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New Nuclear Safety Regime For Europe?

  • March 22nd, 2011
  • Posted by EUEditor

nuclear-topnewsnznet.jpegMinisters from the European Union countries have agreed (21.3.11) to a program of “stress tests”  on nuclear reactors as a move to protect against accidents.

The move has got a sceptical response from nuclear opponents, including Greenpeace which has put out a list of problem plants in the EU; while in Japan, the battle continued to quell the dire problem which stirred up so much recent concern.

STEP-ONE AGREEMENT ON POWER COMPLEXES

eurobook-council.jpgThe Energy and Economics Ministers were in Brussels to continue work on joint ways of handling financial crises but the impacts of the nuclear crisis in Japan took up much of their time.

They agreed on a coordinated set of risk assessments for the reactors at large power plants – more than 112 reactors in the EU, another 15 in Ukraine and five in Switzerland.

The tests would control against flooding, breakdowns in reactor cooling systems and emergency power supplies, and sabotage through cyber-attacks or terrorism.

However this will be a voluntary scheme, not part of the mandatory EU system of government that involves penalties for non-compliance; and agreement on the testing methods and procedures was put off by the Ministers, till another day.

NOT ENOUGH?

greenpeace-logo.jpeg“What!?!” called out Greenpeace International,

It said (22.3.11):

“Genuine tests should be compulsory, transparent, independent and go beyond current safety testing, which is now based on the lowest common denominator rules agreed by the International Atomic Energy Agency.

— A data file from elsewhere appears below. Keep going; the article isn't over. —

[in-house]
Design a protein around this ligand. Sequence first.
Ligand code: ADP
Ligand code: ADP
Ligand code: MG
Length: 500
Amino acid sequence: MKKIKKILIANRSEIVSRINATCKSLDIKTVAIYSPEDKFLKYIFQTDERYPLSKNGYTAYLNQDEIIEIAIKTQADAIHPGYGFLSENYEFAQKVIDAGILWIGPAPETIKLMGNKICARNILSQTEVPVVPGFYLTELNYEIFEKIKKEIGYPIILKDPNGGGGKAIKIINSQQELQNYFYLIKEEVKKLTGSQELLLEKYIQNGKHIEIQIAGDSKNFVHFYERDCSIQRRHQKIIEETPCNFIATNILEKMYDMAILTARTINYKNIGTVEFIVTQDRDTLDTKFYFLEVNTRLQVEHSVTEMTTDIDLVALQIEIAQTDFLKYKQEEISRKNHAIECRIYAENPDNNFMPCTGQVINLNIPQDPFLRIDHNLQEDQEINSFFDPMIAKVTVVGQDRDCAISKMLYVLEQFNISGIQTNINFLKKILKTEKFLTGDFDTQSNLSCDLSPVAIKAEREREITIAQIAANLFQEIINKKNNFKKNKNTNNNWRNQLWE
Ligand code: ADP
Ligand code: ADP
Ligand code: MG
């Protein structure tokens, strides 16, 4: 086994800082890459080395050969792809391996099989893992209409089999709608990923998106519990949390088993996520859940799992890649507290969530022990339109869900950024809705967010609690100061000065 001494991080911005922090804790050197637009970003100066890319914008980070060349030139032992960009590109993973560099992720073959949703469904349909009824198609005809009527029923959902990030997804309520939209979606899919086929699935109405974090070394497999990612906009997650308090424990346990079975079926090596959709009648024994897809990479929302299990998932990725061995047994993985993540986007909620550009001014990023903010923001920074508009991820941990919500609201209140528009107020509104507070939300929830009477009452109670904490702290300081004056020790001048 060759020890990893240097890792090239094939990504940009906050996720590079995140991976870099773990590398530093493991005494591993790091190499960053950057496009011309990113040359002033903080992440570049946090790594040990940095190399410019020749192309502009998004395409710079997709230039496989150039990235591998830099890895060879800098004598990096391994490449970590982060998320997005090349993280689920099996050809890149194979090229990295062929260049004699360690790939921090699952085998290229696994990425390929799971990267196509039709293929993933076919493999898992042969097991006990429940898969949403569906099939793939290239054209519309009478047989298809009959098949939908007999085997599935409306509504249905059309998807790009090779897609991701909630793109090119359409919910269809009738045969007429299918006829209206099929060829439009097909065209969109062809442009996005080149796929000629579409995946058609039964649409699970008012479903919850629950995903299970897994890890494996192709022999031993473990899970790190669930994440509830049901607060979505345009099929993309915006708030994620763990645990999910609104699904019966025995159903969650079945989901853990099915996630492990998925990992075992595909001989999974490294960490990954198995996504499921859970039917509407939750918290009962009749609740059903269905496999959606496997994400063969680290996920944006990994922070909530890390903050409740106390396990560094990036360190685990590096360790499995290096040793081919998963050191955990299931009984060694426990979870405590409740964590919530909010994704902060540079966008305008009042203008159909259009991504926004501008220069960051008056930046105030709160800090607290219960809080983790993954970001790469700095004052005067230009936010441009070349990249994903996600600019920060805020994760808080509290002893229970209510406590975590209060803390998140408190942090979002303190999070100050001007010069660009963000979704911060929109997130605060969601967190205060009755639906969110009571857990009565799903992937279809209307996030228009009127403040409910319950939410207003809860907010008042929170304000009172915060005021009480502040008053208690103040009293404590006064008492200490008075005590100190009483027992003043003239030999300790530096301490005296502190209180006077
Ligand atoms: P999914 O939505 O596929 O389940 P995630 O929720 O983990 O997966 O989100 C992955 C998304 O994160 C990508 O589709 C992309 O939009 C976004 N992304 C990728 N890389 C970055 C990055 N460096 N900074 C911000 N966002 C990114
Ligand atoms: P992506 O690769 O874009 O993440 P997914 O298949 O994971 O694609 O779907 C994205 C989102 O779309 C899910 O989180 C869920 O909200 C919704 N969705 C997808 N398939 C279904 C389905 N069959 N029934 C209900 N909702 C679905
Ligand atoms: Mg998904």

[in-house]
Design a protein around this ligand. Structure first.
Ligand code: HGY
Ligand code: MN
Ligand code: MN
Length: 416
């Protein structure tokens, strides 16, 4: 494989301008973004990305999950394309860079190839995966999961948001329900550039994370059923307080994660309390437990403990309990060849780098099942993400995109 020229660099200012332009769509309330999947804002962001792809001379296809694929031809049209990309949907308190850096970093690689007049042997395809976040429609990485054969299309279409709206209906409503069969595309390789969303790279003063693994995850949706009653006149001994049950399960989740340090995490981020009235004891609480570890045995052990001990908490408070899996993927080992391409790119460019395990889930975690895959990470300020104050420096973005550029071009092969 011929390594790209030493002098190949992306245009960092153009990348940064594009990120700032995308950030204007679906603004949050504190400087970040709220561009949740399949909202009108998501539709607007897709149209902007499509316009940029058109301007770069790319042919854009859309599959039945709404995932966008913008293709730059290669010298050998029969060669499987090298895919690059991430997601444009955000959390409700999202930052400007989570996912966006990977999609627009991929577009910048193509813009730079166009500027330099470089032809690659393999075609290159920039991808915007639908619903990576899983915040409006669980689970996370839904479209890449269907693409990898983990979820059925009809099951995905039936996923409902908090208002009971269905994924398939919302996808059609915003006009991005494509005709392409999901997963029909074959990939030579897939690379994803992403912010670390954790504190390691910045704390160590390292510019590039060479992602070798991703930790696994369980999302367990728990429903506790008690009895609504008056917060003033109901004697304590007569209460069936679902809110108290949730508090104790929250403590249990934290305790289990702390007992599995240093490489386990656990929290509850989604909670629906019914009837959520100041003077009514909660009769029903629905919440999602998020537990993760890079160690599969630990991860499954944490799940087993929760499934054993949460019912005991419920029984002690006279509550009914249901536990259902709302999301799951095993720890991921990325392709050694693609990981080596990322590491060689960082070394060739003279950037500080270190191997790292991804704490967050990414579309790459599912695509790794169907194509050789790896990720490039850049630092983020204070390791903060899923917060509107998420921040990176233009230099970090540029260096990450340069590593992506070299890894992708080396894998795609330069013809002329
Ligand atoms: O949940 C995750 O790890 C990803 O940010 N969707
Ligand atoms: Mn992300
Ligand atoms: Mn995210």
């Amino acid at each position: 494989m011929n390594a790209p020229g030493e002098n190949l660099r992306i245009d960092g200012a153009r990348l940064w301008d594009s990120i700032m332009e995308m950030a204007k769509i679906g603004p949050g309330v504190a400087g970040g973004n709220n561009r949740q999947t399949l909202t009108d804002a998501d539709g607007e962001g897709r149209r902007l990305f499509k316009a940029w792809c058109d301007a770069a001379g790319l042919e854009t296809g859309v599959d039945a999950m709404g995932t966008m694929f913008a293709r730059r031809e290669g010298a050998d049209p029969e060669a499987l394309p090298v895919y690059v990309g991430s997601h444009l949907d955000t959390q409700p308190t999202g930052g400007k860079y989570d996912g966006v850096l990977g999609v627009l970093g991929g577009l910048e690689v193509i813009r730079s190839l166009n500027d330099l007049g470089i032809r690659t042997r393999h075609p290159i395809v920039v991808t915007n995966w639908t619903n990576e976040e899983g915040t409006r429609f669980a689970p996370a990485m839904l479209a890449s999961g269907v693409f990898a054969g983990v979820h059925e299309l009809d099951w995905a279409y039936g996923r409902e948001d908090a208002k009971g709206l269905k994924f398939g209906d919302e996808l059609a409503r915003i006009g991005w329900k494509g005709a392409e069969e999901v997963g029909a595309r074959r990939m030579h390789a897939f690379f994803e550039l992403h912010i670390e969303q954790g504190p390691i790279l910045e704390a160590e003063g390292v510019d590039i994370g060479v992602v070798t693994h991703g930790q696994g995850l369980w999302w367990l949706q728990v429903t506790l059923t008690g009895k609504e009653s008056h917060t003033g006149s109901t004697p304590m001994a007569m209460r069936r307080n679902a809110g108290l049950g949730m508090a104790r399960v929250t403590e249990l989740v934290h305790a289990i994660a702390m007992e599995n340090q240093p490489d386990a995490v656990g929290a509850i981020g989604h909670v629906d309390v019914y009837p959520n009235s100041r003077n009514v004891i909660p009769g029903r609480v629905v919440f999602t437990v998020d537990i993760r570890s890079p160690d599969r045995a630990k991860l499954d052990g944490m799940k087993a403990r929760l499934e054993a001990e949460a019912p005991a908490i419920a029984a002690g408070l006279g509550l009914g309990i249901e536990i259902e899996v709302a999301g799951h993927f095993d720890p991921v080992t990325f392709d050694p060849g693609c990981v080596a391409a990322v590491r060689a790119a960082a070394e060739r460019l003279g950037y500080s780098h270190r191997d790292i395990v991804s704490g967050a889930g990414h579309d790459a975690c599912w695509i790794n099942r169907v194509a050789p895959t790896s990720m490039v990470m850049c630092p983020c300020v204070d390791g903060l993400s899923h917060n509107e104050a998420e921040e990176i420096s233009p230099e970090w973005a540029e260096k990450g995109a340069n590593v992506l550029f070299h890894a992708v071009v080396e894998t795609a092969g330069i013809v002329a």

“They should also lead to the rapid closure of plants which fail this test.

“The European Commission and nuclear operators have a poor track record on transparency.

“Therefore, Greenpeace remains sceptical about proposed stress tests on Europe’s nuclear plants.”

DANGER LIST

nucl-2-climatechange-connectionorg.jpegIt then listed several reactors it regarded as among the main risks to safety:

  • VVER440 Reactors; a Russian design without secondary containment, more vulnerable to terrorist attack.  Twelve reactors, four each in Hungary, Slovakia and the Czech Republic.
  • Candu Reactors; a Canadian design with a “design flaw that played an important role in the Chernobyl disaster; rules in countries like Germany or France do not allow this design.” Two in Romania.
  • Reactors in seismic zones.  “Even minor earthquakes can cause power failure at nuclear plants as well as structural damage, especially in older reactors.” Two reactors in Romania, one in Slovenia, planning for two in Bulgaria and for “several” in Italy.
  • Ageing reactors. “Any reactor older than 30 years is of higher concern than others. Steel and welding seams experience fatigue under constant neutron bombardment, especially in the reactor vessel and  primary cooling circuit. Many such plants are operating beyond their scheduled lifetime.” Old reactors in Belgium, Finland, France, Germany, Netherlands Sweden, Switzerland, UK and Spain.